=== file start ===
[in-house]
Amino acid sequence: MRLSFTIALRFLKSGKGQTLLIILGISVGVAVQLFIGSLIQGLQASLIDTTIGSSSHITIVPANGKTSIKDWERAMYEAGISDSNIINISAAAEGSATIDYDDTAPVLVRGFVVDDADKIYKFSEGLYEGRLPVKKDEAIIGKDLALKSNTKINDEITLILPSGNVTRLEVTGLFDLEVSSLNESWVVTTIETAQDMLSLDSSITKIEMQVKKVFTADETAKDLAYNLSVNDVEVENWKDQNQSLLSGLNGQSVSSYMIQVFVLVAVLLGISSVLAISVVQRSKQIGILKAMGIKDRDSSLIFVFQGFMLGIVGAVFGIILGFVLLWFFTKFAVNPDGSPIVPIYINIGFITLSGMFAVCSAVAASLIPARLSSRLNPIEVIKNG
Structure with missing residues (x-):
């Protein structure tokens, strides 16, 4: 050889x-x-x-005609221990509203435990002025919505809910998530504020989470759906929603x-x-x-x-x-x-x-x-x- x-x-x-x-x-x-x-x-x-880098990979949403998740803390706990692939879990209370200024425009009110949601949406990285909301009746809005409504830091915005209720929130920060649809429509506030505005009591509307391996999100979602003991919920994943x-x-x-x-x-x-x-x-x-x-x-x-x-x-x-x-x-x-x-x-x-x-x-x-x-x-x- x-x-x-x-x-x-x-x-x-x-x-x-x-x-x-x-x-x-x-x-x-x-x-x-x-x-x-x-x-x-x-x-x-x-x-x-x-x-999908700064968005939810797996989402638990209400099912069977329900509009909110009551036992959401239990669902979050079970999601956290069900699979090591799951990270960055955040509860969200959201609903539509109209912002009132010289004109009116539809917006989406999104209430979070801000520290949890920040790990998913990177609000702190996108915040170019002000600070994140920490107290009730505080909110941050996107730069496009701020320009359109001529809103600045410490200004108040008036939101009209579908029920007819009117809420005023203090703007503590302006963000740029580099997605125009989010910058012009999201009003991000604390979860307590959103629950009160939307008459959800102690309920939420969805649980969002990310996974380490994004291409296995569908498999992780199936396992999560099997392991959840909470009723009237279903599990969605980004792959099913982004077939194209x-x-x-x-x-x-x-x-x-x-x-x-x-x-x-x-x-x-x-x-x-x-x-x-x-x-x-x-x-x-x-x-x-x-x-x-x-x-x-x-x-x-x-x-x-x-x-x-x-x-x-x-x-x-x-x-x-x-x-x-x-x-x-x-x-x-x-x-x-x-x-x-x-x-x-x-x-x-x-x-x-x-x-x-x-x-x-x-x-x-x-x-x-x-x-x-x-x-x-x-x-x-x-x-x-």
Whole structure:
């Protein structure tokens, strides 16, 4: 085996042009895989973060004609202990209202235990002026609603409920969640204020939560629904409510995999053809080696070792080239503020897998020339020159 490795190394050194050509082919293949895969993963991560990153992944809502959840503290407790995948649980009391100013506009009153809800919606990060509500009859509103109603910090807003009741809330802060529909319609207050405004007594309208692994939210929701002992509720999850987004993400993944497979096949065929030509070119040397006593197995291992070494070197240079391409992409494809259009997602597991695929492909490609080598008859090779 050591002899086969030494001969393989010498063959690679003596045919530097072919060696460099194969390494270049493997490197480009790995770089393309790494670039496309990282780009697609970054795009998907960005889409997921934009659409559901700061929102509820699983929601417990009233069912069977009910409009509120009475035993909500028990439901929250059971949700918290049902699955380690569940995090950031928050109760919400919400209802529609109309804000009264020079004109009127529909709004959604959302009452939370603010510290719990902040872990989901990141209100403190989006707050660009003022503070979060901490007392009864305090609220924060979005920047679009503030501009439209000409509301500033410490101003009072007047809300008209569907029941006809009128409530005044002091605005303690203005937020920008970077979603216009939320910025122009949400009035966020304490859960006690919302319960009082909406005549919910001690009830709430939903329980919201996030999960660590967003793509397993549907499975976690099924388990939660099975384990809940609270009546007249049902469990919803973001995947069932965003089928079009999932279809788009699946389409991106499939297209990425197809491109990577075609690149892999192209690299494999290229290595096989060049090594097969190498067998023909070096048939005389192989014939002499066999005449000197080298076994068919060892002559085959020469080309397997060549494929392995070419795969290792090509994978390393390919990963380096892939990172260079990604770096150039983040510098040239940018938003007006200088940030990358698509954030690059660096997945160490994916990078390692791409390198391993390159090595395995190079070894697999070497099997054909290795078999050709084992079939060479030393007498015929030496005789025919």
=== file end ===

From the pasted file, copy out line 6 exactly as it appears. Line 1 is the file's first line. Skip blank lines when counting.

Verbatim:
């Protein structure tokens, strides 16, 4: 085996042009895989973060004609202990209202235990002026609603409920969640204020939560629904409510995999053809080696070792080239503020897998020339020159 490795190394050194050509082919293949895969993963991560990153992944809502959840503290407790995948649980009391100013506009009153809800919606990060509500009859509103109603910090807003009741809330802060529909319609207050405004007594309208692994939210929701002992509720999850987004993400993944497979096949065929030509070119040397006593197995291992070494070197240079391409992409494809259009997602597991695929492909490609080598008859090779 050591002899086969030494001969393989010498063959690679003596045919530097072919060696460099194969390494270049493997490197480009790995770089393309790494670039496309990282780009697609970054795009998907960005889409997921934009659409559901700061929102509820699983929601417990009233069912069977009910409009509120009475035993909500028990439901929250059971949700918290049902699955380690569940995090950031928050109760919400919400209802529609109309804000009264020079004109009127529909709004959604959302009452939370603010510290719990902040872990989901990141209100403190989006707050660009003022503070979060901490007392009864305090609220924060979005920047679009503030501009439209000409509301500033410490101003009072007047809300008209569907029941006809009128409530005044002091605005303690203005937020920008970077979603216009939320910025122009949400009035966020304490859960006690919302319960009082909406005549919910001690009830709430939903329980919201996030999960660590967003793509397993549907499975976690099924388990939660099975384990809940609270009546007249049902469990919803973001995947069932965003089928079009999932279809788009699946389409991106499939297209990425197809491109990577075609690149892999192209690299494999290229290595096989060049090594097969190498067998023909070096048939005389192989014939002499066999005449000197080298076994068919060892002559085959020469080309397997060549494929392995070419795969290792090509994978390393390919990963380096892939990172260079990604770096150039983040510098040239940018938003007006200088940030990358698509954030690059660096997945160490994916990078390692791409390198391993390159090595395995190079070894697999070497099997054909290795078999050709084992079939060479030393007498015929030496005789025919």